Mozambique’s private creditors face substantial losses from the government defaulting on its debt, ratings agency Moody’s said in a report published on Tuesday.
Moody’s added in the report on the southern African country’s creditworthiness that government attempts at debt restructuring would likely extend beyond 2018 and that Mozambique’s fiscal strength was very low.
Mozambique admitted in 2016 to $1.4 billion of previously undisclosed loans, many of which went on upgrading maritime and military security.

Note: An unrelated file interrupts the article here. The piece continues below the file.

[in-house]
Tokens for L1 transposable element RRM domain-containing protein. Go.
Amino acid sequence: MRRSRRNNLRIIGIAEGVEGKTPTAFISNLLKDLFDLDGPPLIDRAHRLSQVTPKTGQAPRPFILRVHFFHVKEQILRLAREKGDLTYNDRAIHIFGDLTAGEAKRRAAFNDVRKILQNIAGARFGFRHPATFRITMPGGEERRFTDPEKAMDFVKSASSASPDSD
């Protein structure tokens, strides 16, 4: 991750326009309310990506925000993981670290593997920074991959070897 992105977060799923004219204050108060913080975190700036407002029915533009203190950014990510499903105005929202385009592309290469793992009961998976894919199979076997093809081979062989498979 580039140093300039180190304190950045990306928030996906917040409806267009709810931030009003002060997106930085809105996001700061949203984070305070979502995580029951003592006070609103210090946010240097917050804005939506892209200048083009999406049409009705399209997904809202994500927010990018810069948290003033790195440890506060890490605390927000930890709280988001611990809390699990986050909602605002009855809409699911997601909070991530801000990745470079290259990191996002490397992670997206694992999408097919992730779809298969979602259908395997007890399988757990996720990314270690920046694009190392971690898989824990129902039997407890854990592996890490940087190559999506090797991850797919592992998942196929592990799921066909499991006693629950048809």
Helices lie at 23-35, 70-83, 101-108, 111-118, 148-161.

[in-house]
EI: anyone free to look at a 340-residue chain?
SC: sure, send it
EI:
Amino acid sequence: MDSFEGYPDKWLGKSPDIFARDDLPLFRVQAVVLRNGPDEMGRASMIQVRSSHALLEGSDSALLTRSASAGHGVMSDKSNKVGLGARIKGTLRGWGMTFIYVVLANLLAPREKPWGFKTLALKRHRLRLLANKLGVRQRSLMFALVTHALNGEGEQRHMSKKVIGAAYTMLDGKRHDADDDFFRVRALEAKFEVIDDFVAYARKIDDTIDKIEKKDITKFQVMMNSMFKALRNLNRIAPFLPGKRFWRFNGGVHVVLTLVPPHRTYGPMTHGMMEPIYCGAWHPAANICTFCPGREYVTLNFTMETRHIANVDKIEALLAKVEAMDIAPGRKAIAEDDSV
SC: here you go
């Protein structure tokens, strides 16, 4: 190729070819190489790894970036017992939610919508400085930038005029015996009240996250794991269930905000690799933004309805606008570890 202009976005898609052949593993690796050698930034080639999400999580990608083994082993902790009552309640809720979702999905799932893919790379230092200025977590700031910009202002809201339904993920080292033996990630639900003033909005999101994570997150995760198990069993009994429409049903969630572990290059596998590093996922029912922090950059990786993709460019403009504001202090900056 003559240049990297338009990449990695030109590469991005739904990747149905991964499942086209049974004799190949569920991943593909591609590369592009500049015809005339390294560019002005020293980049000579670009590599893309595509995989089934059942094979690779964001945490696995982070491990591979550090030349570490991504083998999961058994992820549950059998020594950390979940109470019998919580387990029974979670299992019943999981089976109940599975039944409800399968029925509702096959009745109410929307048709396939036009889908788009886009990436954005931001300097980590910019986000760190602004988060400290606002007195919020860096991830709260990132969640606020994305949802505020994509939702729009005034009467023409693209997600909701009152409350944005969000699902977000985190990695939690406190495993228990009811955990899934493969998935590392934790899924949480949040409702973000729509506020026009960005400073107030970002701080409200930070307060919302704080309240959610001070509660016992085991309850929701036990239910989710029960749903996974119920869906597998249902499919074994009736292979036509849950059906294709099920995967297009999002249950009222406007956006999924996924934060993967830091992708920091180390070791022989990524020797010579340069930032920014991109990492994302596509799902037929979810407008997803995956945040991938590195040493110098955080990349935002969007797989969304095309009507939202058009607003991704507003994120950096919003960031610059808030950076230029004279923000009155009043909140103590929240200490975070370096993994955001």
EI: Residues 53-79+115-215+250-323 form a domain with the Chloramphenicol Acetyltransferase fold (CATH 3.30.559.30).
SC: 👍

The disclosure prompted the International Monetary Fund and foreign donors to cut off support, triggering a currency collapse and leading to a debt default.
In March, the Mozambican government outlined three scenarios to overhaul its debt burden but Eurobond creditors rejected them, baulking at a second writedown in as many years.
Moody’s rates Mozambique’s long-term foreign-currency debt at ‘Caa3’, deep into sub-investment grade.